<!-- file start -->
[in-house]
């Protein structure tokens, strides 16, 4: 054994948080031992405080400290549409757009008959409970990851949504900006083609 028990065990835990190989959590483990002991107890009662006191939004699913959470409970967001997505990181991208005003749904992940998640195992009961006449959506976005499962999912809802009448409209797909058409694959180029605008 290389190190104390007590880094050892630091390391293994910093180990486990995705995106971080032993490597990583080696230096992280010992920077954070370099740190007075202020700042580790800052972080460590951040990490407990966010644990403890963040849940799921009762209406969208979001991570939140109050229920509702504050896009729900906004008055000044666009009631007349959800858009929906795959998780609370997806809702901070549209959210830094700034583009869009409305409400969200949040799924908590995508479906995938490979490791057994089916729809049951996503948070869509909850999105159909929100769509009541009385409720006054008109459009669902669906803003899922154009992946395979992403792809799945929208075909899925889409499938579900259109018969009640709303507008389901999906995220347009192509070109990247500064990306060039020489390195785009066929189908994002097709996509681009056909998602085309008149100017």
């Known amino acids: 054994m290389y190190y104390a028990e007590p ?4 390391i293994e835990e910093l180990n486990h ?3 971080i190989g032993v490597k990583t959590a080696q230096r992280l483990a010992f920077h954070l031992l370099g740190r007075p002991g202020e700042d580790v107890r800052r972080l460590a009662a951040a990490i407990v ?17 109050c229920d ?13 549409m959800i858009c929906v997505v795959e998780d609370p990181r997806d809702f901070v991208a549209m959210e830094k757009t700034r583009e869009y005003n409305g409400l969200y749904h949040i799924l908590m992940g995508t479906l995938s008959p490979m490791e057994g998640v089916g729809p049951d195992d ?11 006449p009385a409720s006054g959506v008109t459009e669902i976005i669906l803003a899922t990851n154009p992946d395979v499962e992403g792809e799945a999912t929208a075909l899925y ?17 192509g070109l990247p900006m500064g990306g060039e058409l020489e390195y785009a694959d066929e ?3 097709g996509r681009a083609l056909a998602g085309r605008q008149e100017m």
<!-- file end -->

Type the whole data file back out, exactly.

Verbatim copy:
[in-house]
């Protein structure tokens, strides 16, 4: 054994948080031992405080400290549409757009008959409970990851949504900006083609 028990065990835990190989959590483990002991107890009662006191939004699913959470409970967001997505990181991208005003749904992940998640195992009961006449959506976005499962999912809802009448409209797909058409694959180029605008 290389190190104390007590880094050892630091390391293994910093180990486990995705995106971080032993490597990583080696230096992280010992920077954070370099740190007075202020700042580790800052972080460590951040990490407990966010644990403890963040849940799921009762209406969208979001991570939140109050229920509702504050896009729900906004008055000044666009009631007349959800858009929906795959998780609370997806809702901070549209959210830094700034583009869009409305409400969200949040799924908590995508479906995938490979490791057994089916729809049951996503948070869509909850999105159909929100769509009541009385409720006054008109459009669902669906803003899922154009992946395979992403792809799945929208075909899925889409499938579900259109018969009640709303507008389901999906995220347009192509070109990247500064990306060039020489390195785009066929189908994002097709996509681009056909998602085309008149100017």
């Known amino acids: 054994m290389y190190y104390a028990e007590p ?4 390391i293994e835990e910093l180990n486990h ?3 971080i190989g032993v490597k990583t959590a080696q230096r992280l483990a010992f920077h954070l031992l370099g740190r007075p002991g202020e700042d580790v107890r800052r972080l460590a009662a951040a990490i407990v ?17 109050c229920d ?13 549409m959800i858009c929906v997505v795959e998780d609370p990181r997806d809702f901070v991208a549209m959210e830094k757009t700034r583009e869009y005003n409305g409400l969200y749904h949040i799924l908590m992940g995508t479906l995938s008959p490979m490791e057994g998640v089916g729809p049951d195992d ?11 006449p009385a409720s006054g959506v008109t459009e669902i976005i669906l803003a899922t990851n154009p992946d395979v499962e992403g792809e799945a999912t929208a075909l899925y ?17 192509g070109l990247p900006m500064g990306g060039e058409l020489e390195y785009a694959d066929e ?3 097709g996509r681009a083609l056909a998602g085309r605008q008149e100017m």